Shooting at Tempe Arizona Mills Mall


A shooting at Tempe’s Arizona Mills Mall resulted in a young woman getting shot and injured. A suspect has been arrested in the incident. Voyee Smith, 20 years old, was involved in a dispute and he allegedly began shooting at the group, which included older teens and twenty-somethings. Another gun was fired from the group and during the crossfire, Smith’s girlfriend received a minor injury when a bullet grazed her arm.

The police have not apprehended any other persons involved in the dispute. The altercation began around 6:00 pm on Saturday evening. Smith was with his girlfriend and another female at the east side of the mall. An argument began between Smith and another group near a bus stop, when Smith began shooting and was then shot at by some of the group’s members.

At the time of the shooting, Smith fired multiple rounds. The outdoor Arizona Mills Mall was busy with after-Christmas shoppers. Fortunately, no one else was injured. Smith was charged with unlawful discharge of a firearm within city limits, endangerment and striking an unattended vehicle, Tempe Police Department spokesman Sgt. Mike Pooley said.

Smith’s girlfriend refused to accept treatment for her injury. As Smith was leaving the parking lot area, he shot and hit a parked vehicle. The police were concerned that Smith continued to shoot, even when the group fled the scene. It was unclear if the incident was gang-related. Detectives stated that they were still investigating that aspect of the case.

Police are looking for a dark-colored Dodge Charger with the rear windshield shot out. Otherwise, there is not a lot of information coming forth about the group that fled.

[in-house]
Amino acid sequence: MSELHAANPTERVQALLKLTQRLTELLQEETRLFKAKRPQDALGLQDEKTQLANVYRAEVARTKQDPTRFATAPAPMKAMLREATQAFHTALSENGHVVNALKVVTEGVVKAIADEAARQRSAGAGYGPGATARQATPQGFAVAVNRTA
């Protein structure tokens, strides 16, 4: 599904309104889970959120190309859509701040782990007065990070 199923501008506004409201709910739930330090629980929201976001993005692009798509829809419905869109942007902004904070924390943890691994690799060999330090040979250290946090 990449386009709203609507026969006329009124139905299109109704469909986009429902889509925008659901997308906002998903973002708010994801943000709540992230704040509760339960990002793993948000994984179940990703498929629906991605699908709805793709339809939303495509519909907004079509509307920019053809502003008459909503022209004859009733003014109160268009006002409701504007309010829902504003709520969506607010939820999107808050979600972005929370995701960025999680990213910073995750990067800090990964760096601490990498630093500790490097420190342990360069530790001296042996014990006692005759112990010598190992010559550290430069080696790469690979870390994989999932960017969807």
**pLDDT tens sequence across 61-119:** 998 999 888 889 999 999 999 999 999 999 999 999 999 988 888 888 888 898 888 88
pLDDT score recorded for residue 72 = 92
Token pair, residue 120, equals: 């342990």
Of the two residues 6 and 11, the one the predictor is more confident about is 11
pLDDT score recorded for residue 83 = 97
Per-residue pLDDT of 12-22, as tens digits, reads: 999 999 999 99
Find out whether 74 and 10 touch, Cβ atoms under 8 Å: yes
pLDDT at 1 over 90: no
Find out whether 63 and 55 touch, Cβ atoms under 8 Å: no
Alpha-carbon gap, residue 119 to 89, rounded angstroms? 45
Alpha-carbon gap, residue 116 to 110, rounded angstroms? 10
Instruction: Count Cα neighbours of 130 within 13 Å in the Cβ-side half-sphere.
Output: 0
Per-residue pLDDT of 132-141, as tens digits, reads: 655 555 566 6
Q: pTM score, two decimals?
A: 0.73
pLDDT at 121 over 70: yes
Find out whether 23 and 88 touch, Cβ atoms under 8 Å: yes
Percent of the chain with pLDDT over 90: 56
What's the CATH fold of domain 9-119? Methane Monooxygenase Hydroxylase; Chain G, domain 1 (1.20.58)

The National Association of School Psychologists, (NASP), have expressed concern for the amount of youth gun violence that occurs in the U.S. They state that existing data clearly points to the need for improved strategies for keeping guns out of the hands of children and youth and those who would harm them. NASP reports that most kids are killed by guns and that almost half of youth suicides are caused by firearms. Here are some alarming statistics nationally:

  •  In 2010, there were 2,711 infant, child, and teen firearm deaths. On average there were seven such fatalities daily and 52 weekly.
  • Between 1981 and 2010, 112,375 infants, children, and teens were killed by firearms. This is 25,000 more deaths than the number of soldiers killed in Korea, Vietnam, Iraq, and Afghanistan, combined (Children’s Defense Fund, 2013).
  • Of the 1,982 youth (age 10-19) murdered in 2010, 84% were killed by a firearm.
  • Of the 1,659 teens (age 15-19) who committed suicide in 2010, 40% were by firearm.
  • Of the 1,323 males (age 15-19) who committed suicide in 2010, 45% were by firearm.
  • Of the 336 females (age 15-19) who committed suicide in 2010, 20% were by firearm.
  • In 2010, across all age groups (and including adults), there were 31,672 individuals killed by firearms (with 61% of these deaths being suicide and 35% homicide).

According to the Children’s Defense Fund, loopholes in firearm safety laws have reduced their
effectiveness. For example, the Brady Law, which required federal background checks for guns purchased
from licensed retailers, did not require such checks for guns bought through private sales. Private sales comprise approximately 40 percent of firearms sales.

The shooting at Tempe Arizona Mills Mall was just one incident of many in which gun violence plays a part in  teenage and twenty-something culture. Finding out how  guns are bought by these young offenders may be the first step to disarming those youth who are apt to seek trouble.

By Lisa M Pickering

AZ Central News
Times Union
AZ Central News




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